Wednesday, December 8, 2021

Maynard’s Many Food Co-operatives

Assabet CO-OP has
reached its funding goal
Maynard’s various histories/futures name nine co-operative associations or societies. The oldest was Riverside, the newest Assabet Co-op Market. The longest duration and largest was the United Co-operative Society. A Department of Labor report for 1947 mentioned that United was one of the top ten co-ops in the country for membership and annual sales. More than half the households in Maynard were members.

The backstory of co-operatives began in 1844 when a group of 28 weavers in Rochdale, England, organized the Rochdale Society of Equitable Pioneers, “…and opened their first store, with a small stock of flour, oatmeal, butter and sugar.” They soon added tea, tobacco and candles. Their guidelines formed the basis for the principles on which co-operatives around the world continue to operate. The Rochdale Pioneers became highly successful, with 1,400 members by 1855 and 5,560 members by 1870, able to shop at many stores.

There had been earlier attempts to establish co-operatives that were basically buyer’s clubs, which by pooling their purchases were able to buy at wholesale prices and sell to members at below retail prices. The Rochdale Pioneers innovated by adding profit-sharing to members based on a percentage of the cost of the goods the members purchased, i.e., a patronage dividend. The seven Rochdale Principles: Open membership, Democratic control, Distribution of surplus money, Limited interest on capital, Political and religious neutrality, No buying on credit, and Promotion via education.

Here in Maynard, Riverside was started in 1875 by English and Scottish immigrants. Many of them may have been familiar with the co-operative movement in Great Britain. Riverside began as a chapter in an American movement, the “Order of the Sovereigns of Industry.” This was an urban workers organization modelled on the Grange – a farmers’ organization formally known as the “Order of Patrons of Husbandry.” ‘Sovereigns’ was in effect a buyers’ club. Nationally, the Sovereigns organization faltered under financial mismanagement, but in 1878 the local chapter reformed itself as the Riverside Co-Operative Association, incorporating Rochdale principles.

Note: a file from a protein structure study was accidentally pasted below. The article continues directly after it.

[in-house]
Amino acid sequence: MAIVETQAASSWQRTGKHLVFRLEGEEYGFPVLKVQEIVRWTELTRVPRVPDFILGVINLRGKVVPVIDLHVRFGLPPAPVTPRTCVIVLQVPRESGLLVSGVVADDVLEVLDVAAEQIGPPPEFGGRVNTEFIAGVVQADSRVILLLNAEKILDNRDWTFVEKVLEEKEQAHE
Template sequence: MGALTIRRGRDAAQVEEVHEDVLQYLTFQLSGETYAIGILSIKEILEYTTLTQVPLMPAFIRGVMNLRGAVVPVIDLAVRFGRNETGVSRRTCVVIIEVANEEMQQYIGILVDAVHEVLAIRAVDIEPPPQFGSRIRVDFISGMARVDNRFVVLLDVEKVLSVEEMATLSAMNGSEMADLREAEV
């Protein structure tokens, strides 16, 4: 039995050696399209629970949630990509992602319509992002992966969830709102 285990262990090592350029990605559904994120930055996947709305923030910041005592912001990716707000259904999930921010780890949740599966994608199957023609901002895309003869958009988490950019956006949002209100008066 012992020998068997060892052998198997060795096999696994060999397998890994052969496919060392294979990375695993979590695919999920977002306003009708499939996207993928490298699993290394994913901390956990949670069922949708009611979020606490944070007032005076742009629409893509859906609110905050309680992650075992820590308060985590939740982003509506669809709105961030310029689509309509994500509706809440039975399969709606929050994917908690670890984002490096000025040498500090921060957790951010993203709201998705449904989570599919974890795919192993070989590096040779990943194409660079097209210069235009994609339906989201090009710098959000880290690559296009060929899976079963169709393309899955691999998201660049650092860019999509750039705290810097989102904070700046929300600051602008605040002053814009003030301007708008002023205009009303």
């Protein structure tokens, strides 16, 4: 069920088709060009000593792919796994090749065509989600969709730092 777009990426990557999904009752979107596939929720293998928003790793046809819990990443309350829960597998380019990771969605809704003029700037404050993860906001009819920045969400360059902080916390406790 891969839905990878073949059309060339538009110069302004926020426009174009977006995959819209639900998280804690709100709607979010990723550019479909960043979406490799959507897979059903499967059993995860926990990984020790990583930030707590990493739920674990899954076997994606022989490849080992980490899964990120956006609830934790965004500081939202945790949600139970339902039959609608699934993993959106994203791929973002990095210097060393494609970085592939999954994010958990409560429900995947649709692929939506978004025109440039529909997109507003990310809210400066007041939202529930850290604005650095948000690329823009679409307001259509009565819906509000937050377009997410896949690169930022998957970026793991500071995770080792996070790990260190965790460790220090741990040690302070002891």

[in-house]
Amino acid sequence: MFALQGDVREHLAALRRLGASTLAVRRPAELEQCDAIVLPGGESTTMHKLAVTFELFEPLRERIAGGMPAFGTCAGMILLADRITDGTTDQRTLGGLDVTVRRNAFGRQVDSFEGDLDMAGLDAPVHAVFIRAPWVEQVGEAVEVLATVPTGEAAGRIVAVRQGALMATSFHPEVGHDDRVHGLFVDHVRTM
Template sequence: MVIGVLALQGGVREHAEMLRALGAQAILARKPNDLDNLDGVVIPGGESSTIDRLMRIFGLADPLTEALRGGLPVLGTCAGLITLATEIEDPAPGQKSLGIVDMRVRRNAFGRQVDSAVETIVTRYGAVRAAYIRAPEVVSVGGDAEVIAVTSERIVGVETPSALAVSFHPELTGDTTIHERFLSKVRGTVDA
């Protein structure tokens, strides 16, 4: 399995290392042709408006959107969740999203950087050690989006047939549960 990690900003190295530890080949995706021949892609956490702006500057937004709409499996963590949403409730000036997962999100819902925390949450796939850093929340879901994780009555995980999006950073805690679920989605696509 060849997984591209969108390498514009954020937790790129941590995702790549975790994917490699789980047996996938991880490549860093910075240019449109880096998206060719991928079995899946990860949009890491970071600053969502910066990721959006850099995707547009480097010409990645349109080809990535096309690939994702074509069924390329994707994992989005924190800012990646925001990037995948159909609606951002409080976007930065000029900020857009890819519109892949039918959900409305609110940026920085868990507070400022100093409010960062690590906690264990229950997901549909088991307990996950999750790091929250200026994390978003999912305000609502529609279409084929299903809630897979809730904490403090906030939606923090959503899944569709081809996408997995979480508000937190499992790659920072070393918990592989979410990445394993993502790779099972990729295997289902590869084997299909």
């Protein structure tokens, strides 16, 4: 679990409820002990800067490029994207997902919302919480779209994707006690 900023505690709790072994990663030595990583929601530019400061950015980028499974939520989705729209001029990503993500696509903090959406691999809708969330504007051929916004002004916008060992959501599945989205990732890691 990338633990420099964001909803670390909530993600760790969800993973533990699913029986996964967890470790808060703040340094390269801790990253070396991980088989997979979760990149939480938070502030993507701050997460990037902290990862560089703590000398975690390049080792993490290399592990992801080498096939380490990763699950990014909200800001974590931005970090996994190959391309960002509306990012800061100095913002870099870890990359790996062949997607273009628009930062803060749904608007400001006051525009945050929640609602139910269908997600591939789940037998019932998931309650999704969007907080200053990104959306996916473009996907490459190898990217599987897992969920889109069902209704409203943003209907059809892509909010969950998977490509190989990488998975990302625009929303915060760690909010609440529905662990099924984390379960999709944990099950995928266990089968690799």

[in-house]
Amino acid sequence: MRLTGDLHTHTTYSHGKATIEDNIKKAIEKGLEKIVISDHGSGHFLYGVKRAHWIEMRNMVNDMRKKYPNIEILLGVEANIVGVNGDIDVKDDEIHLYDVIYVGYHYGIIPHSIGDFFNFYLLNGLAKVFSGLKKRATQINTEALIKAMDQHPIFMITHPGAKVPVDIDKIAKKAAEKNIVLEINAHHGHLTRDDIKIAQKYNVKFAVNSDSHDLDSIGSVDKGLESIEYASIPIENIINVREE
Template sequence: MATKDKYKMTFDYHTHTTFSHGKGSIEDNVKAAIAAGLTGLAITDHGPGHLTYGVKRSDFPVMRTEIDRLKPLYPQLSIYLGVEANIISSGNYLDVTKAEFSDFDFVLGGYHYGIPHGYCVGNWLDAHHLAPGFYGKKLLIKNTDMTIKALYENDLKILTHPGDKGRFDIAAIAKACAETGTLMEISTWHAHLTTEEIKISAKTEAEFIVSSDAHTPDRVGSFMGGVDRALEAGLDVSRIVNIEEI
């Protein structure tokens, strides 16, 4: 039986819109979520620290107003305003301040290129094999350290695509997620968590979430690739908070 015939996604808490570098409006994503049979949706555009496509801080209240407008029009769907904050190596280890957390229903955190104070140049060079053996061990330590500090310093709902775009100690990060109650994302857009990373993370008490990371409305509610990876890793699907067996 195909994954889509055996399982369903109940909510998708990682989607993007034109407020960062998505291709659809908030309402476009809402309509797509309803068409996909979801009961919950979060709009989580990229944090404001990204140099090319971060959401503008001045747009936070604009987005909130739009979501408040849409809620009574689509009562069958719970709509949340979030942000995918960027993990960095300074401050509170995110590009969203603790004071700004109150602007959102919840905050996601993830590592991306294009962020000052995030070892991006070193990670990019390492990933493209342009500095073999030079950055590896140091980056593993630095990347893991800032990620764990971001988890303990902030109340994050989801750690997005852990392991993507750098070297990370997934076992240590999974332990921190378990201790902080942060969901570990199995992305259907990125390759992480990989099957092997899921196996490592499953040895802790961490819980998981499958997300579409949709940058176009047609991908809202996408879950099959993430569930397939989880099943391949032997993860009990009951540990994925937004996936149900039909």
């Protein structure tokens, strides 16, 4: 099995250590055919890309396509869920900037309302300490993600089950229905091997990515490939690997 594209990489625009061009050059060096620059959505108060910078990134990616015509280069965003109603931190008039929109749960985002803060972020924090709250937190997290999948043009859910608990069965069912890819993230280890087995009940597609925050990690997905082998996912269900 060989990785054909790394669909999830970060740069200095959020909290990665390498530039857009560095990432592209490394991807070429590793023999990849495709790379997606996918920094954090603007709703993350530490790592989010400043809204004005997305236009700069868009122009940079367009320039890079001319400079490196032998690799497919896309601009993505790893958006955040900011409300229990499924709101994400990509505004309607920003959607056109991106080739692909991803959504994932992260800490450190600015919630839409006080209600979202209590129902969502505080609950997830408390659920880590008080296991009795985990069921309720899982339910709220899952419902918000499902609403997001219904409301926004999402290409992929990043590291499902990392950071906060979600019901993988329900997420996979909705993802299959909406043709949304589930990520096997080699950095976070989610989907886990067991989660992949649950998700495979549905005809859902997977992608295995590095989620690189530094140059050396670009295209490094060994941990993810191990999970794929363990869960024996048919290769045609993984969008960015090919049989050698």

Shares were $5 each (equivalent to about $125 in today’s dollars), members limited to 60 shares. The total capital investment was $1,500. Per the by-laws, regardless of how many shares owned, each shareholder had one vote. The operation started in the basement of the Darling Block building, moved to the Riverside Block (later Gruber Bros Furniture), and then in 1882 built its own building at the southwest corner of Summer and Nason. The building was a four-story wooden edifice, with the store entrance on Nason Street. The other floors were rented out.